Can Chelation Therapy Benefit People With Graves Disease and Hashimoto’s Thyroiditis?
One of the most common tests I recommend for my patients with Graves’ Disease and Hashimoto’s Thyroiditis is the hair mineral analysis test. This test helps to reveal some of the more common mineral deficiencies and excesses, and also will show some of the more common heavy metal toxicities one will have (mercury, lead, aluminum, etc.). Some of my patients have asked whether chelation therapy can help to detoxify these heavy metals. Although chelation therapy is commonly used for atherosclerosis and other circulatory issues, there are other benefits, including removal of some of these heavy metals.
So what is chelation therapy? Well, it’s important to understand that there are different types of chelation therapy. With intravenous chelation, a metal or mineral binds to another substance, usually EDTA, which is an amino acid compound. This is usually for cardiovascular conditions, such as artherosclerosis. This requires multiple treatments, as many people will go through a few dozen sessions. Then there is DMSA, which is taken orally to help with heavy metals such as mercury, lead, and arsenic.
Are There Risks With Chelation Therapy?
Although chelation therapy for the most part is safe, there are some risks involved. With regards to intravenous chelation therapy, there can be a reaction where the injection takes place, an overdose is possible, etc. Some sources claim it can damage the kidneys, although this doesn’t seem to be conclusive. With both types of chelation therapy there does seem to be a risk of removing some of the beneficial minerals as well, such as zinc, copper, iron, etc.
Some sources feel that chelation therapy not only isn’t effective, but can be dangerous. Here is one example of what is out there if you perform a search for the term “chelation therapy risks”:
“Chelation therapy has many side effects. It leaches vitamins and minerals from the body, forcing patients to take high doses of supplements. Because chelation therapy lowers calcium levels, over time it can cause bone damage. It can also cause kidney failure, low blood pressure, convulsions, cardiac arrhythmia and respiratory arrest. Some people can have a dangerous allergic-type reaction to chelation therapy. Less dangerous but still uncomfortable side effects include nausea, vomiting and pain at the site of injection.”
My Experience With Chelation Therapy
I personally have never received intravenous chelation therapy. But I have had numerous patients who have received this type of treatment, and many of them claimed it has helped them. However, I also know some people who received chelation therapy for heavy metal toxicity issues and thought that it negatively affected their health. I know a couple of healthcare professionals who administer intravenous chelation therapy. One of them is located in Florida, and when I visited his practice a number of years ago I spoke with some of the patients there who were receiving the treatments, and most seemed happy with the results. Of course since it was intravenous, those that were there were receiving treatment for cardiovascular issues, and not heavy metal toxicity. But for the most part it does seem to be a safe treatment option with some benefits. Of course just about every treatment comes with its own set of risks, but it all comes down to risks vs. benefits.
When it comes to avoiding bypass surgery or other cardiovascular procedures, there is almost no question that I would give intravenous chelation therapy a try, even though there are potential risks involved. With regards to using chelation therapy to remove heavy metals, I’m still not fully convinced that this should be the primary option. My main concern is that some of the “good” minerals of the body will also be removed. And while one can supplement with these minerals, if there are other ways to detoxify the body without having this happen then this of course would be preferable. So I usually recommend other protocols first, and will resort to DMSA only if I feel like it’s absolutely necessary.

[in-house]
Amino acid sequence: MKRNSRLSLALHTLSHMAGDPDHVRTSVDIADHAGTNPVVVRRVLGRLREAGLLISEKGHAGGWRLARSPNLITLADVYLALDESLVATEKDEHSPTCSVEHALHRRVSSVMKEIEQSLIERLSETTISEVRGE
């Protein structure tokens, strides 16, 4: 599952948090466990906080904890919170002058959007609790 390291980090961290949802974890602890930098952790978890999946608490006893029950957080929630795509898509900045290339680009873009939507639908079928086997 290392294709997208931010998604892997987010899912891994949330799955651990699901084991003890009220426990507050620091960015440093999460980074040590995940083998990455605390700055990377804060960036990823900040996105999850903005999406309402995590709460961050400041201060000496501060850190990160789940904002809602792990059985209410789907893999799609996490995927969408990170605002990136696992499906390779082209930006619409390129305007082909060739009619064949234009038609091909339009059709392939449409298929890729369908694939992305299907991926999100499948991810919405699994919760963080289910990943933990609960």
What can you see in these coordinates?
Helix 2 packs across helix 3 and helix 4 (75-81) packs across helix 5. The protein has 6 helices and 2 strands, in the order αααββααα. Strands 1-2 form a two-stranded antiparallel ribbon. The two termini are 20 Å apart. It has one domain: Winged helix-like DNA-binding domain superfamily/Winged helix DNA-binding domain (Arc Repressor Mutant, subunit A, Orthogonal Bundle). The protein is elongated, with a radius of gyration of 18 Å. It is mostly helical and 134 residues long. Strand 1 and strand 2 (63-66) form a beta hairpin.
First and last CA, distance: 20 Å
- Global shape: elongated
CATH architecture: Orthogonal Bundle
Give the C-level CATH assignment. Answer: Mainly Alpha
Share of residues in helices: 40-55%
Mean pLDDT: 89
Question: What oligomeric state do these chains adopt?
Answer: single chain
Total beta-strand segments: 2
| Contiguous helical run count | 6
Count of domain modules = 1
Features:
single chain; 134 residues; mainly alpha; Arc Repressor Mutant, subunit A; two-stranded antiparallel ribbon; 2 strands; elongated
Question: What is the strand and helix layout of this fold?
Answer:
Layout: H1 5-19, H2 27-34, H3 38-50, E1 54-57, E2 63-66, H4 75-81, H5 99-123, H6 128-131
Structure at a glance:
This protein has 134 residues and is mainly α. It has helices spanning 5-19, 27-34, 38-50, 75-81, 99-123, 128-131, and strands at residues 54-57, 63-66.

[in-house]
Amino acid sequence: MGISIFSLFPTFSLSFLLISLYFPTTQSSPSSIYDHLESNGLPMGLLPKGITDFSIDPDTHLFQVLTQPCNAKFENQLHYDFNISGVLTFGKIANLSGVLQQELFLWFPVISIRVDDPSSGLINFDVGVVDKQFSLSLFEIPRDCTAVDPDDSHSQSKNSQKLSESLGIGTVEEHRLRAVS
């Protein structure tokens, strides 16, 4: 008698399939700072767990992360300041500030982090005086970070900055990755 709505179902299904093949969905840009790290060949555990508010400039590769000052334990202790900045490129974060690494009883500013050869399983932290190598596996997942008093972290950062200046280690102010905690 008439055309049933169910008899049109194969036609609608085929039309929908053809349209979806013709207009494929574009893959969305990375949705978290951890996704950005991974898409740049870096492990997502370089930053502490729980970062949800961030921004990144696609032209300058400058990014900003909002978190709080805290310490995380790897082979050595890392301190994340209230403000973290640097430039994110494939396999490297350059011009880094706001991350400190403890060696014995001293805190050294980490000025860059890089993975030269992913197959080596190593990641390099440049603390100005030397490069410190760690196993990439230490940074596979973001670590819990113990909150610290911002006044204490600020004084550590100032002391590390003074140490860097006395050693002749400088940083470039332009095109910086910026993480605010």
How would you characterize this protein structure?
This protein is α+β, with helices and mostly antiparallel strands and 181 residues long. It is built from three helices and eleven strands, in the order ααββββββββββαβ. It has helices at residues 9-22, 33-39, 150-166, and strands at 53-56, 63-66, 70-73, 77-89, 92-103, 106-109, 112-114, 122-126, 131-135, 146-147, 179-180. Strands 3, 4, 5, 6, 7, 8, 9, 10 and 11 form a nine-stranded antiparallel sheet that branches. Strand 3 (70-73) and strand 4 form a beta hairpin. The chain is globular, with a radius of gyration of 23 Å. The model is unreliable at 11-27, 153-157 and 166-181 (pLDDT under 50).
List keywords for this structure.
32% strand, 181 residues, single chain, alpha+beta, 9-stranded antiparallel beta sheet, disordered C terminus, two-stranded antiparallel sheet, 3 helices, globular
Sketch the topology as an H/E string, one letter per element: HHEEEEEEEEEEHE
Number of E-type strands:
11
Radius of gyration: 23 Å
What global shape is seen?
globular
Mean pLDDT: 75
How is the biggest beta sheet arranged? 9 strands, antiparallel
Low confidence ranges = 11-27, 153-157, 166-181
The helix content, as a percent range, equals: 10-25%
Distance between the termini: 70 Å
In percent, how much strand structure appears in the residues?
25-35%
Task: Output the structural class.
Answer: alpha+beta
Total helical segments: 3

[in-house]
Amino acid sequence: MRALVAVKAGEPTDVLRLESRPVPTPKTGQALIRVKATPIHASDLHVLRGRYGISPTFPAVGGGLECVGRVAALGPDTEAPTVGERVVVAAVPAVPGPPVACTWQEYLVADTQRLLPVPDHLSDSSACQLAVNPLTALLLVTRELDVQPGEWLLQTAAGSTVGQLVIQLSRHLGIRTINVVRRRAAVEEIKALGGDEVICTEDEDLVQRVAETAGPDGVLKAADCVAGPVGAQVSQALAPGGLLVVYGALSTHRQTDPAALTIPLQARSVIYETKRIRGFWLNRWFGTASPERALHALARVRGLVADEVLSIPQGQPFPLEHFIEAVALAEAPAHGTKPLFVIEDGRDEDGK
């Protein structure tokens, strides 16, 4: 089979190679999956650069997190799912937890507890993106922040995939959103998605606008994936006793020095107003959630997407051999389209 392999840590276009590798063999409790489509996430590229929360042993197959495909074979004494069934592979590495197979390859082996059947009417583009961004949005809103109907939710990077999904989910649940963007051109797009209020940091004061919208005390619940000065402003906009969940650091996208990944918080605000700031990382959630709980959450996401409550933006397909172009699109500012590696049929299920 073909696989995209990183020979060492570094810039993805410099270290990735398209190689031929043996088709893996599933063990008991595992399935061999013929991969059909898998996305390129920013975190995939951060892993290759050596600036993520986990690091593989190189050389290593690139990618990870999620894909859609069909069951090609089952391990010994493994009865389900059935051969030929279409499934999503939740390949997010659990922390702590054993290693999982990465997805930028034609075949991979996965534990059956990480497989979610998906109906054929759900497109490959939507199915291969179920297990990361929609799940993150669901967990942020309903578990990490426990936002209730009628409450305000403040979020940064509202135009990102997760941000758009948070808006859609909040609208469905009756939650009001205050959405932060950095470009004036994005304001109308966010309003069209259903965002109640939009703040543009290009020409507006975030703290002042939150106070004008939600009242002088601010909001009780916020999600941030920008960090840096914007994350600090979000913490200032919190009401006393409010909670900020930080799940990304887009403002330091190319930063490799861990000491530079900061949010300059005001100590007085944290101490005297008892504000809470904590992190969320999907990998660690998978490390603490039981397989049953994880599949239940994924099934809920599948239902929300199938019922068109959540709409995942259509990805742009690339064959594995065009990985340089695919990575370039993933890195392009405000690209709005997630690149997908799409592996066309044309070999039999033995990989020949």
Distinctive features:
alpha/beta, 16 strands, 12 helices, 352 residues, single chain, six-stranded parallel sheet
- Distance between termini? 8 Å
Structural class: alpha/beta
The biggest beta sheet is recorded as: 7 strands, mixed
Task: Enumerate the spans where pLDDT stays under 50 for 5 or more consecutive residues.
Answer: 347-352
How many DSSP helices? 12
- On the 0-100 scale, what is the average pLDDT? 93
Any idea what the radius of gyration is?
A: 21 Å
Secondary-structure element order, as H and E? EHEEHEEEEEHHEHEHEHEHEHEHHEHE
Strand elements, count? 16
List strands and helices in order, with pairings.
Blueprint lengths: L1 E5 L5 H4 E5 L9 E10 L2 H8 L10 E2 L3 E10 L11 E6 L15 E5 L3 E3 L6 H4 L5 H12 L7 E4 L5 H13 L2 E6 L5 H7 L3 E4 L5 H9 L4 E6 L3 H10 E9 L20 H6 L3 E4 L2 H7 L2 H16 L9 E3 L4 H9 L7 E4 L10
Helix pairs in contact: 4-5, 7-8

Some healthcare professionals claim that intravenous chelation therapy can be used to help with other conditions such as cancer, multiple sclerosis, and even autism. I’m not sure if there is any evidence to show that chelation therapy can help with any of these conditions.
Is Oral EDTA Chelation An Option?
Even though the focus of this article is on using chelators to rid the body of heavy metals, I figured I’d briefly touch upon oral EDTA chelation. Apparently this isn’t as effective as receiving chelation therapy intravenously. I’m not sure if there have been any studies confirming this, as those practices which administer intravenous chelation therapy seem to be quite profitable, some charging in excess of $100 per session, usually requiring multiple sessions which can easily cost thousands of dollars. And so if oral chelation was proven to be just as effective then this obviously would serve as a big blow to those administering intravenous chelation therapy. Keep in mind I’m not suggesting that most doctors are in it for the money, and I’m also not suggesting that oral chelators are just as effective as intravenous chelation therapy. The truth is I don’t know if oral EDTA chelators are as effective, and so if I was facing bypass surgery I personally would choose to get it done intravenously.
In summary, for those people with Graves’ Disease and Hashimoto’s Thyroiditis who have one or more heavy metal toxicities, chelation therapy might be able to help with this. However, I usually don’t recommend chelation therapy as a first line of treatment for these conditions, as there are other protocols I would first have the patient follow, and then perhaps I would recommend DMSA if these didn’t correct the problem.